Anxiety and cognition in histamine H3 receptor-/- mice

Angela Rizk, Justine Curley, Jennifer Robertson, Jacob Raber

Research output: Contribution to journalArticle

77 Scopus citations

Abstract

Histamine H3 receptors (H3Rs) were first characterized as autoreceptors modulating histamine release and synthesis via negative feedback. Acute H3R stimulation or blockade with selective agonists and antagonists suggests a role for H3R in anxiety and cognition. However, little is known about the long-term effects of H3R blockade on brain function. In the current study, mice lacking H3 receptors (H3R-/-) were used to investigate the role of H3R-mediated signalling in anxiety and cognition. H3R-/- mice showed enhanced spatial learning and memory in the Barnes maze. In addition, H3R-/- mice showed reduced measures of anxiety in the elevated plus and zero mazes involving exploratory behaviour and avoidable anxiety-provoking stimuli, but enhanced acoustic startle responses involving unavoidable anxiety-provoking stimuli. These behavioural alterations were associated with higher arginine vasopressin levels in the central and basolateral nuclei of the amygdala. These findings support a role for H3Rs in mediating histamine effects on spatial learning and memory and measures of anxiety.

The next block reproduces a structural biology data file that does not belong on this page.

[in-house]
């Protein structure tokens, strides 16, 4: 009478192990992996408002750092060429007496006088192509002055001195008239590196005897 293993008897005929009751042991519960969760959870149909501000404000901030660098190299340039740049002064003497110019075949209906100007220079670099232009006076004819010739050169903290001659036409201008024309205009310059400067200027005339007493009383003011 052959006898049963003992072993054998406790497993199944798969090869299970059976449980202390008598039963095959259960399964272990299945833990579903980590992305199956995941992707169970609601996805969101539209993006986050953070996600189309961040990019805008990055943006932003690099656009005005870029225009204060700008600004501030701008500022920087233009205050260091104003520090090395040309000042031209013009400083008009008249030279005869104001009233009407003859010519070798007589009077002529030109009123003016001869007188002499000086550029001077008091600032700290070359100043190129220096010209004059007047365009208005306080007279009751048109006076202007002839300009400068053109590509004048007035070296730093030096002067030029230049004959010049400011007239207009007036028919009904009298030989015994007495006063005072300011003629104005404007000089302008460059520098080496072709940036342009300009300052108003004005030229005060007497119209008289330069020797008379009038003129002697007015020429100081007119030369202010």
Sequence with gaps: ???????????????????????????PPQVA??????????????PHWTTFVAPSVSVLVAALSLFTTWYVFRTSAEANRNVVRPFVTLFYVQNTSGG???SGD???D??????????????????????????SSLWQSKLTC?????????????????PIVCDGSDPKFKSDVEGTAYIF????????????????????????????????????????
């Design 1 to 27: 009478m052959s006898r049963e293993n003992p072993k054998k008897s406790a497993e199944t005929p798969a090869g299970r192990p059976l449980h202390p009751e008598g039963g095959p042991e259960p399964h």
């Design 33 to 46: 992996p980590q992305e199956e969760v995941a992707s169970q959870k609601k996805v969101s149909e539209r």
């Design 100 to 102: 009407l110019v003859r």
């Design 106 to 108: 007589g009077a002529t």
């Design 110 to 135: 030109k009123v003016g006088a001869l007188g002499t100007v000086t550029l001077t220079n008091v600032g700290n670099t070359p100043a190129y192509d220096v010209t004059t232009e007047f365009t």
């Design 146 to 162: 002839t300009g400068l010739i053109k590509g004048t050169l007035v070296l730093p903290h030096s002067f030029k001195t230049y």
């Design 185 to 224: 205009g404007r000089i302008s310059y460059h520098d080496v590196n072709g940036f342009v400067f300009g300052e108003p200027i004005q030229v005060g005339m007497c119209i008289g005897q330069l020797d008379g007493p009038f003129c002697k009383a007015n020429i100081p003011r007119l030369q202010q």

Original languageEnglish (US)
Pages (from-to)1992-1996
Number of pages5
JournalEuropean Journal of Neuroscience
Volume19
Issue number7
DOIs
Publication statusPublished - Apr 2004

    Fingerprint

Keywords

  • Acoustic startle response
  • Elevated plus maze
  • Elevated zero maze
  • Spatial learning and memory
  • Vasopressin

ASJC Scopus subject areas

  • Neuroscience(all)

Cite this